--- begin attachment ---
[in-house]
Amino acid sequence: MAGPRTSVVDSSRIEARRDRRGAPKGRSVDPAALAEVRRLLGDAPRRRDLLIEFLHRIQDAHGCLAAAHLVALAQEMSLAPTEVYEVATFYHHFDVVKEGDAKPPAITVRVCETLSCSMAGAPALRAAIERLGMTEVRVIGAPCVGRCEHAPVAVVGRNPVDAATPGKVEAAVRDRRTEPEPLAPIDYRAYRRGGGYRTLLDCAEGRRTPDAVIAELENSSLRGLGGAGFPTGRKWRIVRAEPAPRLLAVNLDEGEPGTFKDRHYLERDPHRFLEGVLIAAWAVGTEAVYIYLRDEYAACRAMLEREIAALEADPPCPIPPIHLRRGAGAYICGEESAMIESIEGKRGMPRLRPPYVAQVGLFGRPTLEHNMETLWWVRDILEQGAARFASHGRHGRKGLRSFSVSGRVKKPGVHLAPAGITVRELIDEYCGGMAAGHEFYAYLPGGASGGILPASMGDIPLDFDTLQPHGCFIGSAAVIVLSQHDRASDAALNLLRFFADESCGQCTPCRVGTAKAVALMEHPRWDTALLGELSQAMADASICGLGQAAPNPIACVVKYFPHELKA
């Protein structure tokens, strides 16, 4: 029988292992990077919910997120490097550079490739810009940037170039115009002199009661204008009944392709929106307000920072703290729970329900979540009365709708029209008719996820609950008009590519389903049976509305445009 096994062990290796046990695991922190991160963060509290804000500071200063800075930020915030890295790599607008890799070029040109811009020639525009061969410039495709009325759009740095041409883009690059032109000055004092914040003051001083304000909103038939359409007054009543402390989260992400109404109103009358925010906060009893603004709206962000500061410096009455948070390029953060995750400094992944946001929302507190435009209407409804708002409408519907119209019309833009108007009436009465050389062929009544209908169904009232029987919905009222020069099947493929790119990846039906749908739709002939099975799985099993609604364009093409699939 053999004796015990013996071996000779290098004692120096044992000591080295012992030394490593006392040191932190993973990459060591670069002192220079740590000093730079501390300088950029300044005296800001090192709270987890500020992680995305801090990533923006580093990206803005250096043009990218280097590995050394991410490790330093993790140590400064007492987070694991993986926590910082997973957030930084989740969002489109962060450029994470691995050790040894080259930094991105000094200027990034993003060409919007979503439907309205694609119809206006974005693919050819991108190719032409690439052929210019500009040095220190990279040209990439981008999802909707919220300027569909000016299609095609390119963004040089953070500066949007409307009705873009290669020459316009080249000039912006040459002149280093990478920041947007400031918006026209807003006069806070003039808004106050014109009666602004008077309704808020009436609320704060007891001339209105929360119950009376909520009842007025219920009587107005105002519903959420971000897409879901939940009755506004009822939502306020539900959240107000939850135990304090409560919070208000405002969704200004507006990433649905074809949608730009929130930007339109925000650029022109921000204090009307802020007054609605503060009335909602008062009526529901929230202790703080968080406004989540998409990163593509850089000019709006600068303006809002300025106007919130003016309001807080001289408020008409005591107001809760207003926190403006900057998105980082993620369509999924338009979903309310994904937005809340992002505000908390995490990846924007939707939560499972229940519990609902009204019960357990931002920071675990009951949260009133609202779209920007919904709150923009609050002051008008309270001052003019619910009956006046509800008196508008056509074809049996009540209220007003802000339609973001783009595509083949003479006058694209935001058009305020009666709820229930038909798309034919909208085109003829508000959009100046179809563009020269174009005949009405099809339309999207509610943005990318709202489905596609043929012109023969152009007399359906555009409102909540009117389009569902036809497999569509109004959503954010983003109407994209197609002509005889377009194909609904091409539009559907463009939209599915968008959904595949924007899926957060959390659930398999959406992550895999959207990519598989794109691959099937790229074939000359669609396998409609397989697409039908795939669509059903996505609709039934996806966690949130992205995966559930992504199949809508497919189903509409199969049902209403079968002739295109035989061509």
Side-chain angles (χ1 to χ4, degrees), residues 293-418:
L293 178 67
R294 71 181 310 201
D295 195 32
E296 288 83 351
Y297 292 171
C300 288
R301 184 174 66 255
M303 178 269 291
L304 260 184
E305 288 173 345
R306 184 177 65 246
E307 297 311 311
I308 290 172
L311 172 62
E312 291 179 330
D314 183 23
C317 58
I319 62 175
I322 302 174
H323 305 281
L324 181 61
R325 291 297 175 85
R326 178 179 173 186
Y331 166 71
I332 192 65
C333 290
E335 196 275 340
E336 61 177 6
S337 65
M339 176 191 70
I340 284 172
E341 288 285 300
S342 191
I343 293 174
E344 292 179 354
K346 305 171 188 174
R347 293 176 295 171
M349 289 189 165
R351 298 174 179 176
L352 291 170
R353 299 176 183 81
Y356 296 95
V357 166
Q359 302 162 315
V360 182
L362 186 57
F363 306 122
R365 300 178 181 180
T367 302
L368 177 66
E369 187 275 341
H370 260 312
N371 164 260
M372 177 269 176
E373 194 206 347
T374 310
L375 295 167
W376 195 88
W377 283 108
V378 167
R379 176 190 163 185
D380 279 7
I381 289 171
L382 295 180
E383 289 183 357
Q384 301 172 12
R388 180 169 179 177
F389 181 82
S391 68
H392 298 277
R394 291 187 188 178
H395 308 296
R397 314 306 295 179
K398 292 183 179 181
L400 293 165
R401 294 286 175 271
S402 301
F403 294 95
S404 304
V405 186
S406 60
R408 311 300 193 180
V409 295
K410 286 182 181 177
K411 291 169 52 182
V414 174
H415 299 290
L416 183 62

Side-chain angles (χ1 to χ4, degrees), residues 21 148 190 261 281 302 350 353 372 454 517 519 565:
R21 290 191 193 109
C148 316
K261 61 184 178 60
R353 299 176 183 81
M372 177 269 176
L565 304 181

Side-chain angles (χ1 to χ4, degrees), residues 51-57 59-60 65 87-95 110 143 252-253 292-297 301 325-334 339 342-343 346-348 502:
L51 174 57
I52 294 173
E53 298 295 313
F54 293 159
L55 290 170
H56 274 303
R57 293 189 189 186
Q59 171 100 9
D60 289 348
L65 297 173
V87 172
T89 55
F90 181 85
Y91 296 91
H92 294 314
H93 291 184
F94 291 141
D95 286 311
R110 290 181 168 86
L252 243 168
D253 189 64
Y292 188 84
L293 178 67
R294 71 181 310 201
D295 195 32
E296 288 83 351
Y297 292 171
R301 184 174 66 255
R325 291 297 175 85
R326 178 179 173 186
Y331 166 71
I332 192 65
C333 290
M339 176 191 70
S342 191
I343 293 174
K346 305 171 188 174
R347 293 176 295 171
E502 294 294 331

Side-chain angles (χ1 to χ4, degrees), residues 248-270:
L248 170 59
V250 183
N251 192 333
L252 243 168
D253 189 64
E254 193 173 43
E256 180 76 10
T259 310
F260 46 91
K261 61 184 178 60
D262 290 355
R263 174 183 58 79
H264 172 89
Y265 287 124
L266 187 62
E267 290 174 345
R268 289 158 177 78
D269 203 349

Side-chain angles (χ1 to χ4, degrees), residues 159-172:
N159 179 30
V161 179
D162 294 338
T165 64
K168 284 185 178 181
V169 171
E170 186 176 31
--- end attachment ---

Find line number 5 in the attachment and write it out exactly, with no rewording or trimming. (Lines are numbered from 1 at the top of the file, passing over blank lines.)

L293 178 67